The superficial temporal artery is vulnerable to trauma because of its superficial path over the temporal bone and proximity to cranial sutures and because the superficial temporal artery and superficial temporal vein run in parallel with each other over the temporal bone. In addition to trauma, it can occur spontaneously or be caused by surgical procedures. Traumatic superficial temporal vessel fistulae develop over the course of months or years after the trauma. Spontaneous superficial temporal vessel fistulae may be present congenitally, even though the majority of cases remain asymptomatic until puberty.3

In general, the most common symptoms of arteriovenous fistula of the scalp are localized headache, a pulsatile subcutaneous mass and pulsatile tinnitus. Physical examination findings are: dilated and tortuous vessel, bruit on auscultation of the mass, pulsatile vibration on palpation, and Terrier’s sign.5 One should consider superficial temporal arteriovenous fistula for possible cause of unilateral headache if patient felt bruit in ipsilateral ear.

Diagnosis of a traumatic fistula of the superficial temporal vessel is based on a history of trauma and a detailed physical examination. But angiography remains the gold standard investigation.

There are two possible mechanisms explaining pathophysiology of traumatic arteriovenous fistulae formation in the scalp. The first one is simultaneous laceration of the adjacent artery and vein. The second one, starts with the rupture of vasa vasorum in the artery wall, which stimulates endothelial proliferation from damaged vasa vasorum then forms numerous small vessels, leading to vascular connection between the two vessels. In our case, since thorn injury is a penetrating injury, it results in vascular fistula highly likely caused by the first mechanism.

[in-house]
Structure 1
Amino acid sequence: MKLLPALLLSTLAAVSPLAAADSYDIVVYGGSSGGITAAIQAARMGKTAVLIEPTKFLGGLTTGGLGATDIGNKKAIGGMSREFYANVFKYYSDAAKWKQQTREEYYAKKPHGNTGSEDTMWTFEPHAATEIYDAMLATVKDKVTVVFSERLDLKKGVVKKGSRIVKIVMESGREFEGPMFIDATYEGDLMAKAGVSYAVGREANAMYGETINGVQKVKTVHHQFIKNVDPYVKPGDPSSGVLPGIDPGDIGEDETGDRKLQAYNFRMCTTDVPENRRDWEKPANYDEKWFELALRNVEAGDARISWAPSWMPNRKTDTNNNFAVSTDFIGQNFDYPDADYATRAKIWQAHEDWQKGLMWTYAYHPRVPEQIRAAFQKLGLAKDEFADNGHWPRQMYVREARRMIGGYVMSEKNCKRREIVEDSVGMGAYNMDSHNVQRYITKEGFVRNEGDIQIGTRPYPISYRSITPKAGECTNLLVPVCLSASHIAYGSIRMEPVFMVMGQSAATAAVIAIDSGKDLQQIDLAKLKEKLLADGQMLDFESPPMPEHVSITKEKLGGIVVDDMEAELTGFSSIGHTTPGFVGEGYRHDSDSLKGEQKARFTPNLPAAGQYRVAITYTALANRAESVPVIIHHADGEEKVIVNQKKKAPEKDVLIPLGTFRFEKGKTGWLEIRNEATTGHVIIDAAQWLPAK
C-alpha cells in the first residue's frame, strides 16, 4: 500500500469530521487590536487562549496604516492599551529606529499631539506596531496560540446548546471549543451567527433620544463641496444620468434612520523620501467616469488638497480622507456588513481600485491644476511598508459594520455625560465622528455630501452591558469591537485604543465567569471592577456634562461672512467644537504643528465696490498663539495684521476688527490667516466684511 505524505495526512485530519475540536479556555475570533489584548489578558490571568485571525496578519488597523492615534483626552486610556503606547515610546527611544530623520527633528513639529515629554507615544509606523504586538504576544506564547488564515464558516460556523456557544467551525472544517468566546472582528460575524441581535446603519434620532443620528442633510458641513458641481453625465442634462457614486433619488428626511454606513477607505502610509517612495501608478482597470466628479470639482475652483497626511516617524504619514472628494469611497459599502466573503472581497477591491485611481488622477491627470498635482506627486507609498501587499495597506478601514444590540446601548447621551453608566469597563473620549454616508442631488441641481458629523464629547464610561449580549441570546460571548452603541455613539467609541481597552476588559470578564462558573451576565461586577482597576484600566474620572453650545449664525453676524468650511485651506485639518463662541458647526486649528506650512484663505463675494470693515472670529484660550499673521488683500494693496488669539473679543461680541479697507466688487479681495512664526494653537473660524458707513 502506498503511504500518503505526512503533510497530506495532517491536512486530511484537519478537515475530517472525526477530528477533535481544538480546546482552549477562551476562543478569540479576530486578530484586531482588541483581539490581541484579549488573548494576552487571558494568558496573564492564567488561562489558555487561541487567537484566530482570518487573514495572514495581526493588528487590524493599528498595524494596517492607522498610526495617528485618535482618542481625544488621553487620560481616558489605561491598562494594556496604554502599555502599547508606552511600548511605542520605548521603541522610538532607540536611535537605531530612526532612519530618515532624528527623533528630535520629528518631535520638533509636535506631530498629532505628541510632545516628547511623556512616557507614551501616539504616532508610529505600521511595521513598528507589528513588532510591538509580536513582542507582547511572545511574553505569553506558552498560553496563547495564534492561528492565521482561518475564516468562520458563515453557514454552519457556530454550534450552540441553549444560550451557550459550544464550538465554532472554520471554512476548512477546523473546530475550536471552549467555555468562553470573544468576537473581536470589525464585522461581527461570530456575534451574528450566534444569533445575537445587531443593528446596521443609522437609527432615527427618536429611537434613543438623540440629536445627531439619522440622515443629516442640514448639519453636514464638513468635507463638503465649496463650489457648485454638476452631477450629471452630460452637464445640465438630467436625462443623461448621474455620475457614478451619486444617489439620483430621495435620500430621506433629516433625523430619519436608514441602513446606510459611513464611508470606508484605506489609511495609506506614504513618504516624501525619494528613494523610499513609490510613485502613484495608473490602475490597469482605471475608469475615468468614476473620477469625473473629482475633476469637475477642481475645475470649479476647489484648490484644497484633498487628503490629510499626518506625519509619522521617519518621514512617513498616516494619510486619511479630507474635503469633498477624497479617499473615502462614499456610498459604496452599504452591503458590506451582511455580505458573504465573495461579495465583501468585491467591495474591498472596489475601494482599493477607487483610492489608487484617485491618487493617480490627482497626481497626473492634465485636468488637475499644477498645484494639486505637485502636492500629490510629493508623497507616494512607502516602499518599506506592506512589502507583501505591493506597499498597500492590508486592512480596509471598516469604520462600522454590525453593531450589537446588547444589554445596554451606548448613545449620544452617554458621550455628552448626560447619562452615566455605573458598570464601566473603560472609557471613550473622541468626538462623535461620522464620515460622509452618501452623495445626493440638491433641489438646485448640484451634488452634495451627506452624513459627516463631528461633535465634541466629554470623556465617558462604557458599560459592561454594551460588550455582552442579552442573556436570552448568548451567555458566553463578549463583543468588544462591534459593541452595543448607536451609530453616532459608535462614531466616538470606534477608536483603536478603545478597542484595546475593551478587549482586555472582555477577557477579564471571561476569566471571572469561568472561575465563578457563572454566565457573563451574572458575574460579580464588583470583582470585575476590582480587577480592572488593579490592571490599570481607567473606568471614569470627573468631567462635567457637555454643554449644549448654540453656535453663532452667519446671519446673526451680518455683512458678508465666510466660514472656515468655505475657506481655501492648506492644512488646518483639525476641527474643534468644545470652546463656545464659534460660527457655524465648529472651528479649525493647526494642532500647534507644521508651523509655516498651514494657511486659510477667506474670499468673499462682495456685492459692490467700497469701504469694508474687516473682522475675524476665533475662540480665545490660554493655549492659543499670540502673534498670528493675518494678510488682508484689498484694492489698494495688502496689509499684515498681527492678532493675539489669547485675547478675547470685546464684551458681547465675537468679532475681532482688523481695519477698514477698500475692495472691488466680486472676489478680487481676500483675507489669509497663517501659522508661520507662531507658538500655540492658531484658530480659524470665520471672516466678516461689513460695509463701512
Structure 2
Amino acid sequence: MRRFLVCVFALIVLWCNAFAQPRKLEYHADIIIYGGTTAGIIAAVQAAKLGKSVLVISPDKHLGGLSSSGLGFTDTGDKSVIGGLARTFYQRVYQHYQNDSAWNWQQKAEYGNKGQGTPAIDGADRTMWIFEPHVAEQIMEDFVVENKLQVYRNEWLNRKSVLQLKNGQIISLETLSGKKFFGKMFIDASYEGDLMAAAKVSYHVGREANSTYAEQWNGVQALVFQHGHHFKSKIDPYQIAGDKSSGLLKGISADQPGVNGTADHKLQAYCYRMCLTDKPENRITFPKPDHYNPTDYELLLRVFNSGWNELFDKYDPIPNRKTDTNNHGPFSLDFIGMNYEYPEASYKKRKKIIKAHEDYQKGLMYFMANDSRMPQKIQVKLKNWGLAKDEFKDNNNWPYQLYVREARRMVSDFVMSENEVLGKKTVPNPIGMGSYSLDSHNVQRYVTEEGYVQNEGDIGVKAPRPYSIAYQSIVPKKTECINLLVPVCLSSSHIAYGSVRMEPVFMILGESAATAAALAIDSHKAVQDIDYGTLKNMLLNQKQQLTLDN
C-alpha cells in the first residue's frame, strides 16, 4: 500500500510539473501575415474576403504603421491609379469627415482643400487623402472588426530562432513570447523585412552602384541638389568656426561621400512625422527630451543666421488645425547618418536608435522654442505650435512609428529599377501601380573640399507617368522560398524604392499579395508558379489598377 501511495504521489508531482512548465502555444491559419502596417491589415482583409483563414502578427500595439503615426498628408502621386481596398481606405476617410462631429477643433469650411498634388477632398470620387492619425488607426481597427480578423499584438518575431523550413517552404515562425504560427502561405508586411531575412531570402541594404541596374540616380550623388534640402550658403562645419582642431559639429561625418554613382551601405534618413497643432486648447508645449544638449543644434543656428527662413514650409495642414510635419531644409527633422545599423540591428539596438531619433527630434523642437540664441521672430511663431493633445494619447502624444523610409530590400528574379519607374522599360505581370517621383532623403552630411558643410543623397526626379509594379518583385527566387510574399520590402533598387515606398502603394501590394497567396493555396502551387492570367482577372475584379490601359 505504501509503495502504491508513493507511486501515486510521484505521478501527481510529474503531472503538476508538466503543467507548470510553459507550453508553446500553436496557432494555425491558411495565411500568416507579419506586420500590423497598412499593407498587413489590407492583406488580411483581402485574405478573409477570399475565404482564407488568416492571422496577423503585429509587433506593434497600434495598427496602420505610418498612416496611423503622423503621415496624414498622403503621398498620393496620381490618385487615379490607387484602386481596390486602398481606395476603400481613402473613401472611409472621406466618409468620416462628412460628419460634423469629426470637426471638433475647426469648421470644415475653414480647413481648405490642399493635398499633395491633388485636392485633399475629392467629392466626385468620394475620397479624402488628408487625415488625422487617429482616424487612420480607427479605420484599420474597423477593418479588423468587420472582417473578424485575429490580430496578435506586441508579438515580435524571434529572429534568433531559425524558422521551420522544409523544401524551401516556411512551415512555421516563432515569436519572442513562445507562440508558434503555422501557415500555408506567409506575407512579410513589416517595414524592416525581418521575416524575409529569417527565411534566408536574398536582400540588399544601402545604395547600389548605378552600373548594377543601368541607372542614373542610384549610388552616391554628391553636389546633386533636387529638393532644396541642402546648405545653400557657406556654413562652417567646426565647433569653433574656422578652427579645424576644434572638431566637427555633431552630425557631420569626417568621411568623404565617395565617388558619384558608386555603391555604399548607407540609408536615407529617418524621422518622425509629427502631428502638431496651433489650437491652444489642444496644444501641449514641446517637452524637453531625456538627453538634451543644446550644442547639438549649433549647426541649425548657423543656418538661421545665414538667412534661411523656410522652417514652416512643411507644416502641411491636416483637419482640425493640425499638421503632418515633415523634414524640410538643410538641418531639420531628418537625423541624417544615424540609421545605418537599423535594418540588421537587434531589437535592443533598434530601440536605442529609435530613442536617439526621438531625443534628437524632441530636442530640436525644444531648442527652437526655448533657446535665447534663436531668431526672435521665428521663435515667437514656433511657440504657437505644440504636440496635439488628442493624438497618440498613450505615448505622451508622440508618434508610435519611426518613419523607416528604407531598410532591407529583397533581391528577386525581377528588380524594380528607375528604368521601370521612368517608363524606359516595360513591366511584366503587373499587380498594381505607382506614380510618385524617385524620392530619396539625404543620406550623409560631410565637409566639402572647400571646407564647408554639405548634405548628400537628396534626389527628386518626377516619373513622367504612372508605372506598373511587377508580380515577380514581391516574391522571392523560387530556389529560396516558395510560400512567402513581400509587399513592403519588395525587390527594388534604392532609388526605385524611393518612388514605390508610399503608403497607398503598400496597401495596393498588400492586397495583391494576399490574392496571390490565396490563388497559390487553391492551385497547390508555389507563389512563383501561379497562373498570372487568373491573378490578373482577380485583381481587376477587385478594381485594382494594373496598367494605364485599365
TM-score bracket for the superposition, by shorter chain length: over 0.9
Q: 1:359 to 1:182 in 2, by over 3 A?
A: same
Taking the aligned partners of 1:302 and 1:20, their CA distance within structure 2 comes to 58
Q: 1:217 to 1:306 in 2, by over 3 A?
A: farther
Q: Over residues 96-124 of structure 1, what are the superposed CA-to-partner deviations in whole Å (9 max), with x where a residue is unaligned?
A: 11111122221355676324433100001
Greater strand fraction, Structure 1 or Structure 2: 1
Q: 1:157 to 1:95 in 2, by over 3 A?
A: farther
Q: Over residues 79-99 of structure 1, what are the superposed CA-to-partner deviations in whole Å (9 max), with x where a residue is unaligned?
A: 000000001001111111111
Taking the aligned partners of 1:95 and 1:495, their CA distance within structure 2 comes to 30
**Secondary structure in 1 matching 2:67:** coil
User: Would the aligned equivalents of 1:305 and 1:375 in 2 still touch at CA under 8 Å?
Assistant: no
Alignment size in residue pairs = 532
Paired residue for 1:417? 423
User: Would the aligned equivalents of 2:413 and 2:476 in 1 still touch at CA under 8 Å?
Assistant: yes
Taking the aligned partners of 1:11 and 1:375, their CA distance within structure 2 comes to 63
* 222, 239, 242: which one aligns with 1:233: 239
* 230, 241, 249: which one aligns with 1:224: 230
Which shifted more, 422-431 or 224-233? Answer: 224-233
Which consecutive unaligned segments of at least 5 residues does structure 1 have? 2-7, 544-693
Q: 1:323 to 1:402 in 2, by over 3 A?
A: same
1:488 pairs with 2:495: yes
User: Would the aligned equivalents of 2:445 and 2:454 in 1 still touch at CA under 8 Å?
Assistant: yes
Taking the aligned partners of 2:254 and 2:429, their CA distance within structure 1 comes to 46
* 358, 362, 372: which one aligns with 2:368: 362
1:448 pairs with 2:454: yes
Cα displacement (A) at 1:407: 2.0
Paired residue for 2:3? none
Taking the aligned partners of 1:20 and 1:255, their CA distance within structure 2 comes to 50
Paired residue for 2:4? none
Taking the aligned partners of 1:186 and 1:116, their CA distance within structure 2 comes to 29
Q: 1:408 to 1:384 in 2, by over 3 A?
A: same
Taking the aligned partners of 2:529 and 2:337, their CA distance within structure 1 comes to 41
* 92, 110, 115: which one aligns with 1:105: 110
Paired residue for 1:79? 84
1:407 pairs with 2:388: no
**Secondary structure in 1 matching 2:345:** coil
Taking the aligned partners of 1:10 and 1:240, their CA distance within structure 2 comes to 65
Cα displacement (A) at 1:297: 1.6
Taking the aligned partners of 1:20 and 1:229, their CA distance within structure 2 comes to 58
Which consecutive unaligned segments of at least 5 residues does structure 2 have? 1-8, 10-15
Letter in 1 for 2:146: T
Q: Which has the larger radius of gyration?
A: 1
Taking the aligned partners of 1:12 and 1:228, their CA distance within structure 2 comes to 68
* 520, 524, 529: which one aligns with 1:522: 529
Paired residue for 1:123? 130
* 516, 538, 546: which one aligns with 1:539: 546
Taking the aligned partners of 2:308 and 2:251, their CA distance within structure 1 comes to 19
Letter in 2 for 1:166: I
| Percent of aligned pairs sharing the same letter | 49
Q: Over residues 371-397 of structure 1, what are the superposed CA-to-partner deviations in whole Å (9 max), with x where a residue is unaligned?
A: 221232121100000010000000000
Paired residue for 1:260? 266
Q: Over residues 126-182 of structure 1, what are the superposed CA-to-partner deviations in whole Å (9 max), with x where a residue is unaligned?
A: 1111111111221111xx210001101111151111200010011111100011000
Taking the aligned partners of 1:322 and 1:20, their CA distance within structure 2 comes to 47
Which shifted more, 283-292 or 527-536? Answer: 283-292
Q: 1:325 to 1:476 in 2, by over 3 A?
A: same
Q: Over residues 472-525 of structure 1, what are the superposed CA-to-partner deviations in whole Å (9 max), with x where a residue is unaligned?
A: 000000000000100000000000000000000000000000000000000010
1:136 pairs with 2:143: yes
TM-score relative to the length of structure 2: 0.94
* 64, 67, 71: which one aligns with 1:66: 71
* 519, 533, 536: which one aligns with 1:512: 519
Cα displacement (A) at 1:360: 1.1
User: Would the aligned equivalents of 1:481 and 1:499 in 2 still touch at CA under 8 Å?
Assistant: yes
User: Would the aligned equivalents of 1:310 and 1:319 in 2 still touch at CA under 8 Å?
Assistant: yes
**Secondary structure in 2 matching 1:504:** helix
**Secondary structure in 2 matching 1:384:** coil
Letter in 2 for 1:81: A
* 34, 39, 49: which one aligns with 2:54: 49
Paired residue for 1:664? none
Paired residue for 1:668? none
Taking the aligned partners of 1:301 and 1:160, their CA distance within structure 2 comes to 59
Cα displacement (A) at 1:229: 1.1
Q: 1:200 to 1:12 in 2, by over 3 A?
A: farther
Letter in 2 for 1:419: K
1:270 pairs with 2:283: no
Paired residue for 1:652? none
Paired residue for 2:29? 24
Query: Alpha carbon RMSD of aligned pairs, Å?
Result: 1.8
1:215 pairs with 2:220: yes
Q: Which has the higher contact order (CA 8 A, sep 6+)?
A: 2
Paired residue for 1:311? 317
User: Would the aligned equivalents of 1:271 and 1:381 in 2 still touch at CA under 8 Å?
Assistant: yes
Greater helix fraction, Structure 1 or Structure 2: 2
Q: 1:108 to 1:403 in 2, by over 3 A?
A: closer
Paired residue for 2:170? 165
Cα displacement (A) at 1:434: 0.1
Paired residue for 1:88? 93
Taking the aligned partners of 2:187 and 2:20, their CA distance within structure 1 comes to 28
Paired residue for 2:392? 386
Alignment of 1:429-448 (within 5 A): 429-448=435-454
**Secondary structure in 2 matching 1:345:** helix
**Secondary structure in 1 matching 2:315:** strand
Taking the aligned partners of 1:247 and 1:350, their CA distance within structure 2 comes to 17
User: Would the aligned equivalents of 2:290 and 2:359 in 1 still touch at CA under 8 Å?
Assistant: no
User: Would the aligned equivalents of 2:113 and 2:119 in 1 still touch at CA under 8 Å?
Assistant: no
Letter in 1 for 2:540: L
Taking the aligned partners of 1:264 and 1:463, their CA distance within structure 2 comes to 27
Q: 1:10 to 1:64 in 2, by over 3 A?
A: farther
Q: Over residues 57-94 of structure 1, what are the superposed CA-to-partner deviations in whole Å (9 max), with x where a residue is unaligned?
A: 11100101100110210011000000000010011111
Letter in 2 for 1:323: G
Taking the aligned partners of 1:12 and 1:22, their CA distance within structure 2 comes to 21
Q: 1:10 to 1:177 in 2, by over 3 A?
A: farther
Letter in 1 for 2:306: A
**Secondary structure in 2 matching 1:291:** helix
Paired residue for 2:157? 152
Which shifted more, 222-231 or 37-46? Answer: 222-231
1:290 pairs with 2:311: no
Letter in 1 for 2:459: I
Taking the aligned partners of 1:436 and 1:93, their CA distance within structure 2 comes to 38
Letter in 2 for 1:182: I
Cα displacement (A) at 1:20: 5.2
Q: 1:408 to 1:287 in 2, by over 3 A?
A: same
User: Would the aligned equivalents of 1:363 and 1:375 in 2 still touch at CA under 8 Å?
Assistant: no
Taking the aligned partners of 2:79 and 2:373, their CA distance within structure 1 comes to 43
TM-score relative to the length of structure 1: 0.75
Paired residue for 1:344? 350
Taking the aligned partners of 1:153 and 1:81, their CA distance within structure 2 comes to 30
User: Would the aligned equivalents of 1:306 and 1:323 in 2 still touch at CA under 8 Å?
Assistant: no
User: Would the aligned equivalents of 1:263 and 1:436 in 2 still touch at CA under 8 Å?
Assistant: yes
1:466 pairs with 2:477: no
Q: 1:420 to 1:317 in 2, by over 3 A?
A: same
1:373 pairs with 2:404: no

Surgical excision, ligature of the feeding vessels, embolization and injection of sclerosing agents into the lesion are common treatment options, but surgical removal of the pulsating mass and ligature of the feeding vessel remains standard treatment.

The main advantage of embolization of this arteriovenous fistula is to reduce blood loss, but risk of recurrence is high, especially for complex fistula if done alone.1,3,6


Written consent was taken from our patient and recorded on patient consent form and also the patient provided written consent for the publication of her case, including images of her case, and hence we can provide if requested. However, institutional approval is not required to publish the case because we did not take any sample or do any procedure on the patient for research purposes. We only treated the patient and reported her case and the patient provided written consent for the publication of her case. Institutional approval is needed when samples are taken or procedures are done for research purposes.


The authors declare that there is no conflict of interest in this work.